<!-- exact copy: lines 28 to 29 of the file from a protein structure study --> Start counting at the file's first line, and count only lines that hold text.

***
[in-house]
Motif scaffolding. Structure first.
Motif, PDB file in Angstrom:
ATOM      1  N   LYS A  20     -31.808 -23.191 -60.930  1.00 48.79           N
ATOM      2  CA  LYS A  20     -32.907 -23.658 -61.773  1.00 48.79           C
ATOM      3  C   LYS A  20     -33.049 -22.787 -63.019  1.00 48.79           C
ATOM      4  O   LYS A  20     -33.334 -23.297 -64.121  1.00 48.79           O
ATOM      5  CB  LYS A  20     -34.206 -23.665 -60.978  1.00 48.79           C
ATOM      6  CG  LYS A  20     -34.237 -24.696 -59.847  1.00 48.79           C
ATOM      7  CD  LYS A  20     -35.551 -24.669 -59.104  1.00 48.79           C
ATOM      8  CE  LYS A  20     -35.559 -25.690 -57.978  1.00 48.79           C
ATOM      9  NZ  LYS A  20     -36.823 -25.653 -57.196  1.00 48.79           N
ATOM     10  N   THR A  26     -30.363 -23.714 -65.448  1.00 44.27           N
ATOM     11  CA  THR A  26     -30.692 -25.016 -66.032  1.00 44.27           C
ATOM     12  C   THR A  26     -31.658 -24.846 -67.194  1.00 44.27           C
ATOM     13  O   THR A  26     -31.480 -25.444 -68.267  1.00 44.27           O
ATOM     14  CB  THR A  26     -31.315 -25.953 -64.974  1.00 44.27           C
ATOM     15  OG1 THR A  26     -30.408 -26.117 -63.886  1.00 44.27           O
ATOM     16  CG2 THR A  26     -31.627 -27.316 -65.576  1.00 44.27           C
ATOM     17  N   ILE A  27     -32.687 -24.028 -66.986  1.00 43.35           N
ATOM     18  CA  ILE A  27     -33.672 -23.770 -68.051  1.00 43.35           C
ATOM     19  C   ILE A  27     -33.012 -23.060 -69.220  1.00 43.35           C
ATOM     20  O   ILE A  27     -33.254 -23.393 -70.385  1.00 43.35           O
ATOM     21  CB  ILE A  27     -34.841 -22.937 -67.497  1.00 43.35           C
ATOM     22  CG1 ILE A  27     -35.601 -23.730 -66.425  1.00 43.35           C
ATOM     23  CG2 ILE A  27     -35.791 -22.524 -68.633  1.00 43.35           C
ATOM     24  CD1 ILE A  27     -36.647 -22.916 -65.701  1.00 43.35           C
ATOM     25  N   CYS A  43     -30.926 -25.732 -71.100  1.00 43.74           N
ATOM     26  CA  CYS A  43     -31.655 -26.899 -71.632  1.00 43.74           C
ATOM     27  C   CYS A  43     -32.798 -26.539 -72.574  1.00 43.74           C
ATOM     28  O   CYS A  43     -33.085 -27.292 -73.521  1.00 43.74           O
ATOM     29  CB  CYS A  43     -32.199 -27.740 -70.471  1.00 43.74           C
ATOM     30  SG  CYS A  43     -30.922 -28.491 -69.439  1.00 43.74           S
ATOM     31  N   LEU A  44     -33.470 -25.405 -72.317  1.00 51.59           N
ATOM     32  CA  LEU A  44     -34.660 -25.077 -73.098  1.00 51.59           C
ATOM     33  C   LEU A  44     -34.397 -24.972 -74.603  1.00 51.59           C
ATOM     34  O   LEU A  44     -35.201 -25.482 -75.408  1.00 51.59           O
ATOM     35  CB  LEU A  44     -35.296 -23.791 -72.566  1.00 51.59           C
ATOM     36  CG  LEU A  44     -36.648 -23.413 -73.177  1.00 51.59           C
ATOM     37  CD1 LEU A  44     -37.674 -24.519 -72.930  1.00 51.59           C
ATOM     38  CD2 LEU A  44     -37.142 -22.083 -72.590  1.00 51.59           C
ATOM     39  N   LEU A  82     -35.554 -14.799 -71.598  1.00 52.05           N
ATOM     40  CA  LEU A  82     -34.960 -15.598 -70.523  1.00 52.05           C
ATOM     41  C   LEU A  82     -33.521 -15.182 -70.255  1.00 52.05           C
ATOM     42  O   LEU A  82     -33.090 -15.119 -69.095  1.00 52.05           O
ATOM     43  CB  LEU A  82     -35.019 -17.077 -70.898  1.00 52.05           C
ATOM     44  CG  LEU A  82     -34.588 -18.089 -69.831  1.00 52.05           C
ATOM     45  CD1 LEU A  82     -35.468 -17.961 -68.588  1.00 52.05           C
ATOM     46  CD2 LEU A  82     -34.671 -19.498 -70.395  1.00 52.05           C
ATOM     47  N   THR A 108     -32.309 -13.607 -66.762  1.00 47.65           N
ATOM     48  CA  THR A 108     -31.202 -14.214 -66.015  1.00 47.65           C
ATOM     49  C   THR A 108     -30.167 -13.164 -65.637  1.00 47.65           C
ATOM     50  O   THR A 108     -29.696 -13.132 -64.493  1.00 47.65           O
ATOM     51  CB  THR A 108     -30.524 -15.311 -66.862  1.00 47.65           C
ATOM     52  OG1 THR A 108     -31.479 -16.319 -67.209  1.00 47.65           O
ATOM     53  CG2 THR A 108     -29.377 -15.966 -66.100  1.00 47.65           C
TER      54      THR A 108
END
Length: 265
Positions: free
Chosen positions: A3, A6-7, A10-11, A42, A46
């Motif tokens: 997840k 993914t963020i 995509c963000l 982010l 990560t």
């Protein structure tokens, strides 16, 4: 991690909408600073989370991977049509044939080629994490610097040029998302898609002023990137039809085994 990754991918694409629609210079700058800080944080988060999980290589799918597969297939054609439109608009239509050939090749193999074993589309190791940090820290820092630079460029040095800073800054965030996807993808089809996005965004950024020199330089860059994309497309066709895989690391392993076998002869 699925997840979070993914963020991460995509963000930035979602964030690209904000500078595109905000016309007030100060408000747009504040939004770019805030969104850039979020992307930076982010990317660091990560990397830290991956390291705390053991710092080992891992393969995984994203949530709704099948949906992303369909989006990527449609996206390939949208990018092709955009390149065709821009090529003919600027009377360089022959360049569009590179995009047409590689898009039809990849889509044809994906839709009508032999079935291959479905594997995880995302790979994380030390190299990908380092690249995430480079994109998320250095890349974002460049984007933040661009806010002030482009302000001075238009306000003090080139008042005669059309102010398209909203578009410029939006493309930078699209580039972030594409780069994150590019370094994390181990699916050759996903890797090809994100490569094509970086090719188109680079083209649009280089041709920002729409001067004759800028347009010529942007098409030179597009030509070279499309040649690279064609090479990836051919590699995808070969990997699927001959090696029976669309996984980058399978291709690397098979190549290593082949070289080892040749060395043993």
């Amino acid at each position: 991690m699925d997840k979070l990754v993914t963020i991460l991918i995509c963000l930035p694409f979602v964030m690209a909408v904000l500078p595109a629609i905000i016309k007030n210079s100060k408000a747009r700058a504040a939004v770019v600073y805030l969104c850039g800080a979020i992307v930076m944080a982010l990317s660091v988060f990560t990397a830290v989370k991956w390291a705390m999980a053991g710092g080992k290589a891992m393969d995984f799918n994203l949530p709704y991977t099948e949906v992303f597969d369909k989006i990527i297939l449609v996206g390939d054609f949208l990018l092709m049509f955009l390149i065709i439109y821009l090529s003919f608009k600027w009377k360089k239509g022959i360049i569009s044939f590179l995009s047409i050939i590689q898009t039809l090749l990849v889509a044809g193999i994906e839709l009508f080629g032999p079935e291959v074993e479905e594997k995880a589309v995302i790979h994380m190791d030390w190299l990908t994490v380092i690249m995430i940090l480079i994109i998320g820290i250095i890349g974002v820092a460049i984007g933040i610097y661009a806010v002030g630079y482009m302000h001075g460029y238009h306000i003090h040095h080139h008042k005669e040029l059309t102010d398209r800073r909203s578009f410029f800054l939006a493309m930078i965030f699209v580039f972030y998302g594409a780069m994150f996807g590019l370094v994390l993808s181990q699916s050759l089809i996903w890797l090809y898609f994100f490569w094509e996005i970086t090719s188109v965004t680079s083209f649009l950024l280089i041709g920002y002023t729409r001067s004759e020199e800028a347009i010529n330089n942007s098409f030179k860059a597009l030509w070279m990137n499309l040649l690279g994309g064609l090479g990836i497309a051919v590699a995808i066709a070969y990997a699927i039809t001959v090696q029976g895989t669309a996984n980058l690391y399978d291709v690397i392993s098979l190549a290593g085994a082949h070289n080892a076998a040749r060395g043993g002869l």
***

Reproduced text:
ATOM     25  N   CYS A  43     -30.926 -25.732 -71.100  1.00 43.74           N
ATOM     26  CA  CYS A  43     -31.655 -26.899 -71.632  1.00 43.74           C